I went to Chor Bazaar today. Or as my Spanish colleague referred to it- 'Antique market'. He was shocked to know I had never been there. Trying to explain to him that I am a 'Juhu girl' who hates traveling beyond Bandra would not mean much to him.
I had to travel to Worli on work many moons ago when I was young and thin- well at least young. And like a princess my dad used to drop me and my friend Sonul's dad used to pick us up. Or the other way round. And I used to whinge about the travel time- much like Sanil does now.
Between Prithivis, Silver Beach, Juhu Church, Qualities and the bhel puri wala near my building, I had everything I could possibly want. Why bother with the needless travel? However I thought now that I was 'this side of town' I should not pass up the chance of visiting the legendary Chor Bazaar. I always wanted to, but the hike from Juhu made it a daunting task.
Well I have digressed...this post is about religion, or rather how religion agnostic business is.
I was explaining to my Spanish colleague about the Indian God Structure. I started with the God trinity- Shiva the destroyer, Brahma the creator and Vishnu the....err I stumbled. For the life of me could not remember. So I skipped that and moved over to Ganpati (0r Gantapi as Sanil used to say)- the elephant God- remover of obstacles. Hanuman then monkey god. Krishna of Hare Rama Hare Krishna fame. And ....well that's pretty much where I got to.
While I was explaining this we were in a small store, that magically became a lengthy maze of artifacts '500 years old'. The owner was a Muslim like most shop owners in Chor Bazaar are. He explained that Vishnu was the Protector. He then went on to show my colleague beautiful Madonna statutes. And stone carvings of various saints. He knew all their names. "This is Saint Roch because you can see the dog next to him". I was clueless. 10 years of Convent education and I had no idea what he was talking about. He explained how he bought them from Goa where a church could not be maintained, so they were selling off the carvings. He gave the whole history of Portuguese influence in Goa.
While my colleague was admiring the. Rs 20,000 stone carvings, I asked the owner about Krishna statues and he asked me back if I wanted one with Radha or Krishna alone? Did I want a 'bal ladoo Gopal'? Errr what? I had no idea Krishna was called that. Then he went on to show me the variety of Krishna murtis available whilst chatting to my colleague about various Mother Mary statues. He spoke about Buddha statues and Sai Baba with equal ease.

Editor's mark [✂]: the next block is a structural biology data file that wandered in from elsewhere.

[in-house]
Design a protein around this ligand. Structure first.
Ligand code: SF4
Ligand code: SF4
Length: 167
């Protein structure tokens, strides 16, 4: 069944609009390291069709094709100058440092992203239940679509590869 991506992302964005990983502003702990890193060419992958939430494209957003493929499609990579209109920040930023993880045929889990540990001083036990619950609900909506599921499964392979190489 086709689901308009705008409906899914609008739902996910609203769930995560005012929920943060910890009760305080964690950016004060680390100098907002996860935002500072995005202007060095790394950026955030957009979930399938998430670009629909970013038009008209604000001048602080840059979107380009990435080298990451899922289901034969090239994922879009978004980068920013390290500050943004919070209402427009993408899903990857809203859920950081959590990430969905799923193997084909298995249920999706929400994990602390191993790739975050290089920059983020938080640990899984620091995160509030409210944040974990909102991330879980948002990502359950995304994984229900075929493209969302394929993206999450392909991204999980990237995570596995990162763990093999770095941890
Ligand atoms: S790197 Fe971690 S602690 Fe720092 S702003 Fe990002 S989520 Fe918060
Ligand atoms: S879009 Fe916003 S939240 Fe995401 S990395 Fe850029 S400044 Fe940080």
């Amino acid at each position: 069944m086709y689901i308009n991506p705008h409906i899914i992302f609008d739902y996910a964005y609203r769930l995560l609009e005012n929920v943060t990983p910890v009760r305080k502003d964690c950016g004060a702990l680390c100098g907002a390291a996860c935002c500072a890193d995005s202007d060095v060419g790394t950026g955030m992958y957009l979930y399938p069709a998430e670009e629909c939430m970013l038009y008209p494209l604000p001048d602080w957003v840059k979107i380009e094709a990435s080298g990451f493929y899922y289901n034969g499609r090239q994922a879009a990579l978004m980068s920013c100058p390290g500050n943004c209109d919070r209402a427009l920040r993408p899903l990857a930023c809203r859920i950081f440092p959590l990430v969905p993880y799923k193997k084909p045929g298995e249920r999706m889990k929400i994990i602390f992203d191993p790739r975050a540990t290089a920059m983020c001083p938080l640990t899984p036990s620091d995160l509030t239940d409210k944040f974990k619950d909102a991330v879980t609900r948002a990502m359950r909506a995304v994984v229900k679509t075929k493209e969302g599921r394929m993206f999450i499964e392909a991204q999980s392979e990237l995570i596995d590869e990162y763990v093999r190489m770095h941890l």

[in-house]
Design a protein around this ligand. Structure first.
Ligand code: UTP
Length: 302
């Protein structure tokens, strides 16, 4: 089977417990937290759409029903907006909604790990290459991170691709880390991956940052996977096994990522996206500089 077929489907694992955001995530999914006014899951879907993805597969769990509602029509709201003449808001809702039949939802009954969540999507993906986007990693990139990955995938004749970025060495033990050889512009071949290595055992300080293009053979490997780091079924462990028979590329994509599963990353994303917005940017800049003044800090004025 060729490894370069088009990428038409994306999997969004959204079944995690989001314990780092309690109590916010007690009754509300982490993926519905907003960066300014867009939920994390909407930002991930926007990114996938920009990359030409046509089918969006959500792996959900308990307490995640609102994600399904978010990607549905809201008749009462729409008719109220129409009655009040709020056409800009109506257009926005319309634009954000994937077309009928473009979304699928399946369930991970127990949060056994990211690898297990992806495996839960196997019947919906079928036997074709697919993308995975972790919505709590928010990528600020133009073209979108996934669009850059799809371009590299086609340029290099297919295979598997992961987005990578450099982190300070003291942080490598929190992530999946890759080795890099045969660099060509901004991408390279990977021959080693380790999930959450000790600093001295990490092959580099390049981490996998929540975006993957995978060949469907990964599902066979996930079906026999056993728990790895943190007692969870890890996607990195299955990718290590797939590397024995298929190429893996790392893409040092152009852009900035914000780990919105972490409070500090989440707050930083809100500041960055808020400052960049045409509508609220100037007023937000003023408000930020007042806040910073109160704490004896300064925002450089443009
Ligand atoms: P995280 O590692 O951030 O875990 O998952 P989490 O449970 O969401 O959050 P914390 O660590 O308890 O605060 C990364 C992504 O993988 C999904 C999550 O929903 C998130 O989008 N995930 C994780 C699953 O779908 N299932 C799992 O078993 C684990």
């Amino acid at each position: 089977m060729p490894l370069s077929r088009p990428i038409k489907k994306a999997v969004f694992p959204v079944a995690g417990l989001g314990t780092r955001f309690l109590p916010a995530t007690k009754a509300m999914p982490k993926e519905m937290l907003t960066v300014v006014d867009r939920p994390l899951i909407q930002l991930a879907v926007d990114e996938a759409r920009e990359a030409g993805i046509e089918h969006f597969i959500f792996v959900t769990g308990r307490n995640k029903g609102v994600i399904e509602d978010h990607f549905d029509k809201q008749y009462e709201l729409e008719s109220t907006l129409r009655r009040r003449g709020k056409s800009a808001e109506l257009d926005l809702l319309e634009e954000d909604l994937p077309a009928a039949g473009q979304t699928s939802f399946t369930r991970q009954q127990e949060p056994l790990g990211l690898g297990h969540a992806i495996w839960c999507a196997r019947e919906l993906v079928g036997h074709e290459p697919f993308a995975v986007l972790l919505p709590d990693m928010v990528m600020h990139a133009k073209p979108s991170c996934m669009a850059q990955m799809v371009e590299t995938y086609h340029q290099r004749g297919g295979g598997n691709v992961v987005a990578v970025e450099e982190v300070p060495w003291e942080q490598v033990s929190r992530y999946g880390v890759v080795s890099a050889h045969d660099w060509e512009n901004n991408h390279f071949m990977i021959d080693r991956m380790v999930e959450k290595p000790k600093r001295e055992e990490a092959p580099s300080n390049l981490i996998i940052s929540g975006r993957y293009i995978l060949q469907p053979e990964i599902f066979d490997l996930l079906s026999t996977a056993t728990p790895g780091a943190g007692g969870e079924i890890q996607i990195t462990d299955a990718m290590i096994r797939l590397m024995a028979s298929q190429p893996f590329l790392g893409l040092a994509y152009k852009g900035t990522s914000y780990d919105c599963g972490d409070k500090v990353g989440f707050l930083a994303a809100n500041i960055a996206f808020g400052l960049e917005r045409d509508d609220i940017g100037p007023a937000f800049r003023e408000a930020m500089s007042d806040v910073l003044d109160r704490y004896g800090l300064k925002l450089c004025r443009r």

His kids kept coming to the back of the showroom looking for their dad. It stuck me how his only religion at that time was his work and his business. To make the sale and earn the money, to give his children a better life. He was knowledgable about all Gods. You might say, that's his business and he has to do this make a living. Whatever be the reason, during his business hours he had no religion.
His religion lives in his heart, in his home, in his place of worship. Where it would stay, if outside influences don't bring it in every time there is an election or a terrorist attack. He probably does not care for any of it, but he is made to choose. Organized religion inculcates fear, which usually triumphs.
We all work with people from different religions. My Creative Director was a staunch Christian, copy writer an atheist, art director was a Muslim and I a Hindu. No one ever asked anyone about their religion. We worked as a team... probably for a Jewish client. We put our passion into our work. Our religion was our work. We did not are about anything else. The aim was to do great work, and yes earn our accolades at the end of the project, and salaries at the end of the month.
Why then do people let religion be a barrier in other aspects of our their lives? Live and let live has always been my philosophy. Just like at work, let's keep religion out of everything else. It would make lives more peaceful for everyone around. And we all could really do with some peace.
Written from roof top lounge at ITC Grand Central, Mumbai.